USDA Analysis: U.S. Beekeepers Lose A Staggering 44% of Hives in 2015-16

(EnviroNews World News) — Washington D.C. — A preliminary analysis released May 4, 2016, by the U.S. Department of Agriculture (USDA), shows American beekeepers lost a stunning number of hives from April of 2015 through March of 2016.

The research was carried out by The Bee Informed Partnership in tandem with the Apiary Inspectors of America (AIA) and the USDA. The analysis represents the tenth such report, now issued on an annual basis.

The research also shows beekeepers suffered unsustainable losses over the summer season as well — 28%, making 2015-16 one of the most devastating years for American bees ever, with losses totaling 44% — a number that represents the second highest loss of American colonies since record keeping began — and a number that has environmentalist and scientists alike sounding even more bee-crisis alarms.

Up until six years ago, summer losses were not even tracked as bees historically suffer their highest rate of colony collapse in the winter. But the latest census demonstrates hives are being hit just as hard in the summer, when they are typically at their peak of health and vitality. And it’s that fact, that has many researchers concerned.

USDA Honey Bee Stats Chart

USDA Honey Bee Stats Chart

Dennis vanEngelsdorp, a University of Maryland bee scientist and the leader of the survey, told The Guardian, “It’s very troubling and what really concerns me [is] that we are losing colonies in summer too, when bees should be doing so well. This suggests there is something more going on – bees may be the canary in the coal mine of bigger environmental problems.”

“One in three bites of food we eat is directly or indirectly pollinated by bees. If we want to produce apples, cucumbers, almonds, blueberries and lots of other types of food, we need a functioning pollination system. Bees, and the beekeeping industry, will suffer dramatically if we don’t have that,” vanEngelsdorp continued.

Unfortunately for the bees, and for humanity, researchers say the problem is a complex one. It’s not just a single issue that can be pinned down and fixed — it’s a smorgasbord of man-created bee bashing trouble that has the little critters reeling. As such, many scientists are now saying humanity has brewed the perfect storm for an ongoing, festering global bee crisis.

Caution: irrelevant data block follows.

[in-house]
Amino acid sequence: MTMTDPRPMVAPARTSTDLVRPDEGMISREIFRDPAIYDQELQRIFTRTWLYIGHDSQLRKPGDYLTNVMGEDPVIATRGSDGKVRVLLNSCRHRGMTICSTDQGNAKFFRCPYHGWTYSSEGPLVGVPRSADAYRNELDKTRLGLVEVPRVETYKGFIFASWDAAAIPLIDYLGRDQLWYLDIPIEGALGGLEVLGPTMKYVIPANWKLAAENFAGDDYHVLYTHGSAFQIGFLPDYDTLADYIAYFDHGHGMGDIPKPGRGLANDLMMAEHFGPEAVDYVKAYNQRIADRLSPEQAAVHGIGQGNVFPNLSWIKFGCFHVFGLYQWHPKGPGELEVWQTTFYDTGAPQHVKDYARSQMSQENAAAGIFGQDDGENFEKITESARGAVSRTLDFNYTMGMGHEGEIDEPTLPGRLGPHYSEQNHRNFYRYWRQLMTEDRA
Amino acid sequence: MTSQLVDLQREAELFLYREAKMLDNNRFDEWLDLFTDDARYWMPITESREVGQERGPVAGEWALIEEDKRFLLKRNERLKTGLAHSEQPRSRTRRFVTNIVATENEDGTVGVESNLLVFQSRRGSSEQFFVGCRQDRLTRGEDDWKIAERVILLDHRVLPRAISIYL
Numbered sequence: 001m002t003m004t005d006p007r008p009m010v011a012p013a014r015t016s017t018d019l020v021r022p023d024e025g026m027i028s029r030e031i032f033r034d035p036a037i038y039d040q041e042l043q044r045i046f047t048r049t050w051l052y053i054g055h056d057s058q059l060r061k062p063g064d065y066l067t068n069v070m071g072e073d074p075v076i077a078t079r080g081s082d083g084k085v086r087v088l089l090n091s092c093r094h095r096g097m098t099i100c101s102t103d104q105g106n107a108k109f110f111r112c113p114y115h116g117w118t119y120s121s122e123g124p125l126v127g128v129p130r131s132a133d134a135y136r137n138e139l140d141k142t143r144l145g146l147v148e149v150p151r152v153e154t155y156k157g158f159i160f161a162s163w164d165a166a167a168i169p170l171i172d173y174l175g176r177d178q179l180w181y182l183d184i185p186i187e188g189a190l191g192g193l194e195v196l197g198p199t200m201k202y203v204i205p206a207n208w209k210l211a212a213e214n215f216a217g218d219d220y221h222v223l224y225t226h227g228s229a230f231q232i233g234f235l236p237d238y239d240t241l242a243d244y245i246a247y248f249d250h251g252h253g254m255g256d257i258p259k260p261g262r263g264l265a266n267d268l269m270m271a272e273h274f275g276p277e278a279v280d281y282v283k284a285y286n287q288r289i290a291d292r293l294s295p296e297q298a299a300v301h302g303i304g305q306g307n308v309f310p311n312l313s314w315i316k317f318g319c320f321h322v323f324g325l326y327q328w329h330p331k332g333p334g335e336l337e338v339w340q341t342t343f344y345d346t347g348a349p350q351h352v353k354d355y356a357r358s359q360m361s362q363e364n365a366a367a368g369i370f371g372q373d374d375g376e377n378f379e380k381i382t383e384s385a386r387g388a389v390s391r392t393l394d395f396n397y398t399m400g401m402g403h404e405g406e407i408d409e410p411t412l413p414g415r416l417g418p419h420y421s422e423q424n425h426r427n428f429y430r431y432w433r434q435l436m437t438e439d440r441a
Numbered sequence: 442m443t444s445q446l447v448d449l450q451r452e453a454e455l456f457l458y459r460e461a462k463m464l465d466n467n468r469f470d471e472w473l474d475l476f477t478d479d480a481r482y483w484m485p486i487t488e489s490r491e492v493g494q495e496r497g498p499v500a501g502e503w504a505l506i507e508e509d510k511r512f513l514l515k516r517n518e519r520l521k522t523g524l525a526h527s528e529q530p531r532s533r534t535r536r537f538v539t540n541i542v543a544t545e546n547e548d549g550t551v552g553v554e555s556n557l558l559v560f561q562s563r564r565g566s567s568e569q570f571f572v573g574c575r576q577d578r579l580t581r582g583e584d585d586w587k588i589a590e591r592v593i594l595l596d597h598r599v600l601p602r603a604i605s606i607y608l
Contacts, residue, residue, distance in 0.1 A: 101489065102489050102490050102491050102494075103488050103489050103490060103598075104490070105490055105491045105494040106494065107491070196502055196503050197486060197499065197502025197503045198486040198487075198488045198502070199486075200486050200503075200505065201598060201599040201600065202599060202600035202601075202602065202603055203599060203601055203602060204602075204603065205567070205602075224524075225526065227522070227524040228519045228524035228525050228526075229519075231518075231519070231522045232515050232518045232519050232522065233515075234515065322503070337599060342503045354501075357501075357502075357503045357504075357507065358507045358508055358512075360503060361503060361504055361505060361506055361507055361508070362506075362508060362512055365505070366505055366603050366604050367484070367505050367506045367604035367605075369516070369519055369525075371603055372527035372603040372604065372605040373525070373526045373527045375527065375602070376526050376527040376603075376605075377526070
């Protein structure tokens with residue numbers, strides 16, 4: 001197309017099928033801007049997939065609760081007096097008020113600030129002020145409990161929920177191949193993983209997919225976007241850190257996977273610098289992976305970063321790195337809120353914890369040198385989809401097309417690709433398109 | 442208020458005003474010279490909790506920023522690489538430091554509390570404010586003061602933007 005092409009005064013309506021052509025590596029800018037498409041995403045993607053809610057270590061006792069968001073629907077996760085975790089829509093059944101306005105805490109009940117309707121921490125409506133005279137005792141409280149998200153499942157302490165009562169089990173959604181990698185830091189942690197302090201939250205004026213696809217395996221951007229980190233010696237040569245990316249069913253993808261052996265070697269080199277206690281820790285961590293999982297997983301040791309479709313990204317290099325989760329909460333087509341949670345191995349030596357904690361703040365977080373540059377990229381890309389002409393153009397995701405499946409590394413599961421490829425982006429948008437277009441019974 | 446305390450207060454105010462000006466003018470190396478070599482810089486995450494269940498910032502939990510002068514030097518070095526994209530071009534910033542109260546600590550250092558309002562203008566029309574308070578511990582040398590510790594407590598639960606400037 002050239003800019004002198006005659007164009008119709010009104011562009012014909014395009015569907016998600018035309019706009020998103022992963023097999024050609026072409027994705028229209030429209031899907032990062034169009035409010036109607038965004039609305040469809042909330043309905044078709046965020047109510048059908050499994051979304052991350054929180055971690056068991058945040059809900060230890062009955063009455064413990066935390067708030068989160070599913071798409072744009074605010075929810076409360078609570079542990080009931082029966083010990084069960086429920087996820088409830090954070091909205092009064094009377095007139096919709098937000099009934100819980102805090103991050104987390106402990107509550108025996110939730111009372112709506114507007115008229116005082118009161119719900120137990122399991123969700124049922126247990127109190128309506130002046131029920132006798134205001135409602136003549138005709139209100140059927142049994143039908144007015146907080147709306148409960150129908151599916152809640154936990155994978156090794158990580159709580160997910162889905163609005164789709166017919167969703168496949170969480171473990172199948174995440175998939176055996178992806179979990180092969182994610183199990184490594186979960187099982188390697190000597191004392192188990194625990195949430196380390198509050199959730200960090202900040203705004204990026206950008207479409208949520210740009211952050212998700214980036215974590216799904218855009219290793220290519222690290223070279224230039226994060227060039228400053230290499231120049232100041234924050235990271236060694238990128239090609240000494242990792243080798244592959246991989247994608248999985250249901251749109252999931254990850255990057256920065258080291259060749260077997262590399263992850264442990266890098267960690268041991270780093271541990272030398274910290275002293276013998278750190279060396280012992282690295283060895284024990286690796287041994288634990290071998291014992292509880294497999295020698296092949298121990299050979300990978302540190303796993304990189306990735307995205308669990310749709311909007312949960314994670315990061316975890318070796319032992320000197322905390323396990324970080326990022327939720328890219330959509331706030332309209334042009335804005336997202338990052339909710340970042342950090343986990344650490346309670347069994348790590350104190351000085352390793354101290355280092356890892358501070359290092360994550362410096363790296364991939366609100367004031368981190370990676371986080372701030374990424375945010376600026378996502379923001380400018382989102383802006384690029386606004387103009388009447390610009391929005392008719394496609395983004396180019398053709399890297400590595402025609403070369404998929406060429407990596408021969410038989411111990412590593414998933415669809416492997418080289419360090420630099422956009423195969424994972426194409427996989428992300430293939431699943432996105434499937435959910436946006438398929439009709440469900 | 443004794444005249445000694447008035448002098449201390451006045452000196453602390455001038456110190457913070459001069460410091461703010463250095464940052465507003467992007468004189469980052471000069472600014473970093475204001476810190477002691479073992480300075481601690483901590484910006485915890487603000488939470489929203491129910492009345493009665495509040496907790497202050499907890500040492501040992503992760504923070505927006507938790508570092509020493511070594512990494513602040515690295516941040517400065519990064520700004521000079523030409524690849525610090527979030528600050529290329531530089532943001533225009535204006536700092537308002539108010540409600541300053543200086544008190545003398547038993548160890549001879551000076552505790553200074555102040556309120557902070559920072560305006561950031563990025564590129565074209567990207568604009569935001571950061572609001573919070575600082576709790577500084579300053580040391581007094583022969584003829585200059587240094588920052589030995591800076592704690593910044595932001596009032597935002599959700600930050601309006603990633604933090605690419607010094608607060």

One of the main problems say researchers, is the evermore pervasive mono-crop culture perpetuated by the American agriculture industry. Once diverse meadows that beamed with sundry plethoras of bee-sustaining wild flowers, have been tilled under and replaced with fields harboring one or two food crops instead. Corn and soy are two of the biggest culprits in these regards, but surely not the only ones to be blamed.

But it’s not only habitat loss and lack of biodiversity that are wiping out the tenacious pollinators, its myriad other threats as well. Amongst those perils are neonicotinoid-based pesticides and varroa mite infestations, while various issues driven by climate change are also taking their toll.

The Guardian reports, “There were an estimated five million bee colonies in the U.S. in 1940, but only half of them now remain” — and it’s getting more and more expensive to keep the colonies still standing in good health — about $200 a year per hive. Part of the reason for the rising costs is the ever-increasing need for beekeepers to replace sick or dead queen bees by mail-ordering new ones.

“There is more and more effort being put into keeping colonies alive,” vanEngelsdorp told The Guardian. “We are seeing greater cost pressures to pollinate crops. It costs around $200 a year to keep a colony alive and replace a queen. You’re lucky if you make $200 a year through the honey produced, so a lot of operators aren’t even breaking even. There are a lot who are really hurting.”

In June of 2015, President Barack Obama issued a Presidential Memorandum creating a multi-agency task force designated to engineer the Strategy to Promote the Health of Honey Bees and Other Pollinators. It is yet to be seen if the interagency coalition can devise a plan strong enough to help bee populations stabilize and recover.

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